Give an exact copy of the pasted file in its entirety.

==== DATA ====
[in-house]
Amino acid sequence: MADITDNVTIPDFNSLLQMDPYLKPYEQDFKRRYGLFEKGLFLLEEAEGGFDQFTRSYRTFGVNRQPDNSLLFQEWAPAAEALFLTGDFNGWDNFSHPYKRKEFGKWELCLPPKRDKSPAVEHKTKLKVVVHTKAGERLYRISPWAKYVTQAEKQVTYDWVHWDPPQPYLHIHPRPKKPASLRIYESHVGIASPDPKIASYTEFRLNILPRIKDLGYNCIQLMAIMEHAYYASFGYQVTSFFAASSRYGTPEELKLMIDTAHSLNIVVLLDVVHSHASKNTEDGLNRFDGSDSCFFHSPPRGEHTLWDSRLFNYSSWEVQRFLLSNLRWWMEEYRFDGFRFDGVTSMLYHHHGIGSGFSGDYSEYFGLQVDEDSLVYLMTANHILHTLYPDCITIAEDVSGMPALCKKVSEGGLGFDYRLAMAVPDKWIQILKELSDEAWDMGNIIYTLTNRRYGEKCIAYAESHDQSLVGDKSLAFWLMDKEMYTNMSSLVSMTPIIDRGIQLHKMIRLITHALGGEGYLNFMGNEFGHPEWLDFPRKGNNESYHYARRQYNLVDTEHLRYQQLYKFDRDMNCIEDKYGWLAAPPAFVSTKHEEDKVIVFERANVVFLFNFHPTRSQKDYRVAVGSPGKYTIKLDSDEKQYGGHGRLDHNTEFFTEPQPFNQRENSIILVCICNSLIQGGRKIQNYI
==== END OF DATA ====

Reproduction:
[in-house]
Amino acid sequence: MADITDNVTIPDFNSLLQMDPYLKPYEQDFKRRYGLFEKGLFLLEEAEGGFDQFTRSYRTFGVNRQPDNSLLFQEWAPAAEALFLTGDFNGWDNFSHPYKRKEFGKWELCLPPKRDKSPAVEHKTKLKVVVHTKAGERLYRISPWAKYVTQAEKQVTYDWVHWDPPQPYLHIHPRPKKPASLRIYESHVGIASPDPKIASYTEFRLNILPRIKDLGYNCIQLMAIMEHAYYASFGYQVTSFFAASSRYGTPEELKLMIDTAHSLNIVVLLDVVHSHASKNTEDGLNRFDGSDSCFFHSPPRGEHTLWDSRLFNYSSWEVQRFLLSNLRWWMEEYRFDGFRFDGVTSMLYHHHGIGSGFSGDYSEYFGLQVDEDSLVYLMTANHILHTLYPDCITIAEDVSGMPALCKKVSEGGLGFDYRLAMAVPDKWIQILKELSDEAWDMGNIIYTLTNRRYGEKCIAYAESHDQSLVGDKSLAFWLMDKEMYTNMSSLVSMTPIIDRGIQLHKMIRLITHALGGEGYLNFMGNEFGHPEWLDFPRKGNNESYHYARRQYNLVDTEHLRYQQLYKFDRDMNCIEDKYGWLAAPPAFVSTKHEEDKVIVFERANVVFLFNFHPTRSQKDYRVAVGSPGKYTIKLDSDEKQYGGHGRLDHNTEFFTEPQPFNQRENSIILVCICNSLIQGGRKIQNYI